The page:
8.  Supportive educational networks

  Examine how students' educational careers from one institution to another can be supported and to examine the possibility of providing some types of Higher Education supported locally. The respondents did not want to move away from their local area and established family networks to study.

  8.1  Locally provided Higher Education would allow local people to stay in the area while studying in HE and encourage people into the area to study. If local people do not have to move or commute into a different area to fulfil their education potential, then they are more likely to carry on feeling a "connection" with the area and stay once qualified. In areas of high social deprivation this is essential.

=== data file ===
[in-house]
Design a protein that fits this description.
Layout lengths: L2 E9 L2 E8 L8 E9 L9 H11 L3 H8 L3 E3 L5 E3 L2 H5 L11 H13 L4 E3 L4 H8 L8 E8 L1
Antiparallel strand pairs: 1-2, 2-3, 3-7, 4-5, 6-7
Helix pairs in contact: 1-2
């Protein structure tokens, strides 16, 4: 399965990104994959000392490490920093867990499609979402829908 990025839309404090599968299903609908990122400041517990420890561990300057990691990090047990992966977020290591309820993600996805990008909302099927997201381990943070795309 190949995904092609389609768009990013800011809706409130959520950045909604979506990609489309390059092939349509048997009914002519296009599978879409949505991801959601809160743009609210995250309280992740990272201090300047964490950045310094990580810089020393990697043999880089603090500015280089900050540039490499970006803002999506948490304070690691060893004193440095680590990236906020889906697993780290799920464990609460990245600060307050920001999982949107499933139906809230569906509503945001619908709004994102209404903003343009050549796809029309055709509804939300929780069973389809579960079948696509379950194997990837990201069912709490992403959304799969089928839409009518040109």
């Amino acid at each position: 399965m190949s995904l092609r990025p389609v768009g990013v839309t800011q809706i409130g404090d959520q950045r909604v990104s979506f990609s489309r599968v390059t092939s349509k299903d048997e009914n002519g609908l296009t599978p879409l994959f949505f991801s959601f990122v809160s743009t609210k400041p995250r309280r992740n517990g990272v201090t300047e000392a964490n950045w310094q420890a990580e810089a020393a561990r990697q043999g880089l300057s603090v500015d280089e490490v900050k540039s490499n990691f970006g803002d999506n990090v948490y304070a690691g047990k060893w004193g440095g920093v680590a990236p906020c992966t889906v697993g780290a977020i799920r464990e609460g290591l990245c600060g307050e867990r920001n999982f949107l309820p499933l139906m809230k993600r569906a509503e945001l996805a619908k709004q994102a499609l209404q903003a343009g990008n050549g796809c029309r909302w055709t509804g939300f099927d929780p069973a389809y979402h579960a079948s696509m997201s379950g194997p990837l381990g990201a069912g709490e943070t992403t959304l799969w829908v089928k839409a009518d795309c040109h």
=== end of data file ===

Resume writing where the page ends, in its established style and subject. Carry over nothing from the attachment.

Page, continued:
9.  Loans

  The perception of student loans as lifelong debt had discouraged many of my respondents who had done well in Further Education Colleges from applying to Higher Education. They were worried that if they were unable to complete the course or gain employment, they would still be in debt. When it was explained to the respondents that they would only have to begin payment when they could afford it, they still perceived loans as a huge barrier in accessing HE. This is because in areas of poverty, debt is perceived differently, always to be avoided; a graduate tax system would remove this barrier.

Samantha McCormick

February 2001